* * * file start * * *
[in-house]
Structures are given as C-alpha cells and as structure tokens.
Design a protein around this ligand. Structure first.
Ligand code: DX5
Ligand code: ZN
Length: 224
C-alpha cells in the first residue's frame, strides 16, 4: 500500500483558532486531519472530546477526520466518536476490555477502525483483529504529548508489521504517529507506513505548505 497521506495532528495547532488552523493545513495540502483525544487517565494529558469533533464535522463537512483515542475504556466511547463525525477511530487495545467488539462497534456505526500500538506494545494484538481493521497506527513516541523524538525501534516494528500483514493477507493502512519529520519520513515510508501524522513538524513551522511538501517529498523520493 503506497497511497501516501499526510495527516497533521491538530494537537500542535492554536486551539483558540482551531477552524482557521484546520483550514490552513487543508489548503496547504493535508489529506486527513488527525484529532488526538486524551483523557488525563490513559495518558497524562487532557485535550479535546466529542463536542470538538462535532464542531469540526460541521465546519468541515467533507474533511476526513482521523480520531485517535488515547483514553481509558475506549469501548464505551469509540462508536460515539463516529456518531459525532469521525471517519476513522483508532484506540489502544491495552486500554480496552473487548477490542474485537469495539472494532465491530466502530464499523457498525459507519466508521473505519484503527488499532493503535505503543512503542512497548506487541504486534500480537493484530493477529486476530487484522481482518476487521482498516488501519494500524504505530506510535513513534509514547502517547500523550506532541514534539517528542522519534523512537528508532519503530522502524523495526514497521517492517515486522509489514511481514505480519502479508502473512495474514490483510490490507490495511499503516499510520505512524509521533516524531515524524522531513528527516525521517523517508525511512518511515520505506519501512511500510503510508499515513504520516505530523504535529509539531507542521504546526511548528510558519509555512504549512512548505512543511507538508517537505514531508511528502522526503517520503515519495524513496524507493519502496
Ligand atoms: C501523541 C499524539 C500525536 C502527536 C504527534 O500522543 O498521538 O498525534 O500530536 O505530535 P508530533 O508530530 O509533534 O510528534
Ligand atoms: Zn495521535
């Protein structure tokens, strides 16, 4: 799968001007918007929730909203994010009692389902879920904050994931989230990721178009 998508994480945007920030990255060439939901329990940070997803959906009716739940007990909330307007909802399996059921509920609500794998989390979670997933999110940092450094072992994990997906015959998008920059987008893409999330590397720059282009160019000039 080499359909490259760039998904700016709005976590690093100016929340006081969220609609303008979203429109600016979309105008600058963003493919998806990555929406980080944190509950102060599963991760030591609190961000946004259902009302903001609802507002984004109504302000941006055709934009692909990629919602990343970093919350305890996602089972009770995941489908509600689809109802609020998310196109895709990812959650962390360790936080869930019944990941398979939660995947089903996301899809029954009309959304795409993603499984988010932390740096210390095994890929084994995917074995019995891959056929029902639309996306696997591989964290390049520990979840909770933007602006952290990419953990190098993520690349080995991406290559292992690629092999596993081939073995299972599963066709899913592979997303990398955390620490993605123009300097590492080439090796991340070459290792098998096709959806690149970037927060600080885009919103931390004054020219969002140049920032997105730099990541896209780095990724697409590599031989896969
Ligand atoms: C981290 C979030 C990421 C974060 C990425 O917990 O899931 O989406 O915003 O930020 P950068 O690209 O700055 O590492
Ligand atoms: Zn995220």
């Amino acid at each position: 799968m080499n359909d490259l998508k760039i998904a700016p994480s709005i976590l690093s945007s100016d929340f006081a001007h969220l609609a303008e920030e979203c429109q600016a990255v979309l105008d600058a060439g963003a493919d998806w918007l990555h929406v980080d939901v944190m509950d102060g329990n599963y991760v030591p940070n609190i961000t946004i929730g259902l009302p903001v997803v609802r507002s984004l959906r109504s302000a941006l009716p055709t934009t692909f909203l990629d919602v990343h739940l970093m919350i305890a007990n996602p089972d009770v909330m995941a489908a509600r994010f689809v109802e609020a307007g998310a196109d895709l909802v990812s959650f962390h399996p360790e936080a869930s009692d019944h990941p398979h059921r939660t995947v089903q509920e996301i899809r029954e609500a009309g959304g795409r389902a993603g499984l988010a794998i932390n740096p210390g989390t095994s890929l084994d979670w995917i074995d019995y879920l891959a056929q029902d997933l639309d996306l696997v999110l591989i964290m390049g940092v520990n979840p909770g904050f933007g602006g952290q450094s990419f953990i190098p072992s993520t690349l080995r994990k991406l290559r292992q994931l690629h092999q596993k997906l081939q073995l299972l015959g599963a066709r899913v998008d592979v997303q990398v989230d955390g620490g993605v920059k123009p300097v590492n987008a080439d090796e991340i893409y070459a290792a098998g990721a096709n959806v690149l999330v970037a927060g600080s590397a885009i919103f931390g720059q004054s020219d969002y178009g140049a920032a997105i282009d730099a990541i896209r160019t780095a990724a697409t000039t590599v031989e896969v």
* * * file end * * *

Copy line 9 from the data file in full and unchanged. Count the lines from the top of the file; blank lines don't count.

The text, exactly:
Ligand atoms: Zn495521535